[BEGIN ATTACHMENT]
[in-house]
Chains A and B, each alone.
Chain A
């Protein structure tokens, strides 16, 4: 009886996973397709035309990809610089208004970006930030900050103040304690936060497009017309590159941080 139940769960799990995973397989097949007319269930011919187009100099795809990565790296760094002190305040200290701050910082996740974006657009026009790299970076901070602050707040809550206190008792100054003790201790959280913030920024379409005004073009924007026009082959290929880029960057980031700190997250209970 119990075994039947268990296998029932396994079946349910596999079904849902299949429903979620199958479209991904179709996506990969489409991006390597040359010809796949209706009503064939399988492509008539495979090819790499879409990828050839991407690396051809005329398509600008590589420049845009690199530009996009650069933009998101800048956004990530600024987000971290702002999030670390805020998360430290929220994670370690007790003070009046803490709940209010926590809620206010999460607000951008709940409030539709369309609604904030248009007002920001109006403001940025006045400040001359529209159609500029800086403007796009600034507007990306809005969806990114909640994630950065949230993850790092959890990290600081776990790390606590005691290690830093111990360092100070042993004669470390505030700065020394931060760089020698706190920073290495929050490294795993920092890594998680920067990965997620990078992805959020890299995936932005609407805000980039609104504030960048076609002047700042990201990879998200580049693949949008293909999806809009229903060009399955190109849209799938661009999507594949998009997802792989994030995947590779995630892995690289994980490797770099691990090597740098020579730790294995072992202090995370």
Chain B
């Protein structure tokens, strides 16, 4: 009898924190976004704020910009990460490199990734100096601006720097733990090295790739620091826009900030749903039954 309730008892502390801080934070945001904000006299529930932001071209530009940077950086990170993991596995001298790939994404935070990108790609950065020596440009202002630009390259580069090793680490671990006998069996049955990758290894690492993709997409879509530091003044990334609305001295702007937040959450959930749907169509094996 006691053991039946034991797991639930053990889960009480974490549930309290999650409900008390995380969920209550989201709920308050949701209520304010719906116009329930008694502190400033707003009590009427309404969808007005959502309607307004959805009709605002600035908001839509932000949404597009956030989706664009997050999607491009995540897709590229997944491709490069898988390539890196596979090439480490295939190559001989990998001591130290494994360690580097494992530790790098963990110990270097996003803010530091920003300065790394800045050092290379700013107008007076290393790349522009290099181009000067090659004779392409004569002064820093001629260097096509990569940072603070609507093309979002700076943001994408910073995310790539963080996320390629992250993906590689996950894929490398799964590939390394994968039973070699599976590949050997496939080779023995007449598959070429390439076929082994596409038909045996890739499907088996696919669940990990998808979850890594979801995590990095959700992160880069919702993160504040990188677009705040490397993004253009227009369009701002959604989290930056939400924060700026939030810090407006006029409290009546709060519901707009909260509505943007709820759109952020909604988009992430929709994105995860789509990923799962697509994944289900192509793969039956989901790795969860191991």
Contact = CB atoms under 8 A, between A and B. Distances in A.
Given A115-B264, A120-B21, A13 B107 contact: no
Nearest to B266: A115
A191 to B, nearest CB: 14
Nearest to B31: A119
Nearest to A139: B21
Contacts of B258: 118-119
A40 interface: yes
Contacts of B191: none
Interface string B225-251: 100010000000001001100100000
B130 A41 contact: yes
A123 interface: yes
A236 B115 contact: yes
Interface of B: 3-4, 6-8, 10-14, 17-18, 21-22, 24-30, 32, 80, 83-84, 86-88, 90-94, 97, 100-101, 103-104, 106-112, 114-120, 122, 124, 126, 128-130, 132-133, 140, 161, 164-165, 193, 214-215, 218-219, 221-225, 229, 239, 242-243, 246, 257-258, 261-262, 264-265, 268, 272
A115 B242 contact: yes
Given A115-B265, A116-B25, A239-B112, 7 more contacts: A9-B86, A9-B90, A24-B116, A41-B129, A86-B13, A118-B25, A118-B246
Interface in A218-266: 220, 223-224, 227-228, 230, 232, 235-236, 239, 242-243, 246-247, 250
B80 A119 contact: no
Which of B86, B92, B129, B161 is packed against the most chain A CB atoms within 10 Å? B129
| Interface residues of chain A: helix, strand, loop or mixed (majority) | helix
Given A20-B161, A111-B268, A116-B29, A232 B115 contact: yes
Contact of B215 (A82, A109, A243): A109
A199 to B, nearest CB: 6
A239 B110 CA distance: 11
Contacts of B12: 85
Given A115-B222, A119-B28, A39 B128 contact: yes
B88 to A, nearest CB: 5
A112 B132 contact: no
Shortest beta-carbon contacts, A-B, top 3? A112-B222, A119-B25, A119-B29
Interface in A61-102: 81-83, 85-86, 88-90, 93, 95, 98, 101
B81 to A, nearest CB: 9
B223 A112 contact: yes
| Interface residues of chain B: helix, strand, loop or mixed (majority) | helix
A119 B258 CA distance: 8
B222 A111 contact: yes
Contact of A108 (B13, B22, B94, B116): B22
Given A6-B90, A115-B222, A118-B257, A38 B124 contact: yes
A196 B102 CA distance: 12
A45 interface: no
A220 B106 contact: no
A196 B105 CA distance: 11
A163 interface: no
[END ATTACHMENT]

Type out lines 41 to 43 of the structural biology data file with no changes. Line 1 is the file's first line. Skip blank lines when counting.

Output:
B222 A111 contact: yes
Contact of A108 (B13, B22, B94, B116): B22
Given A6-B90, A115-B222, A118-B257, A38 B124 contact: yes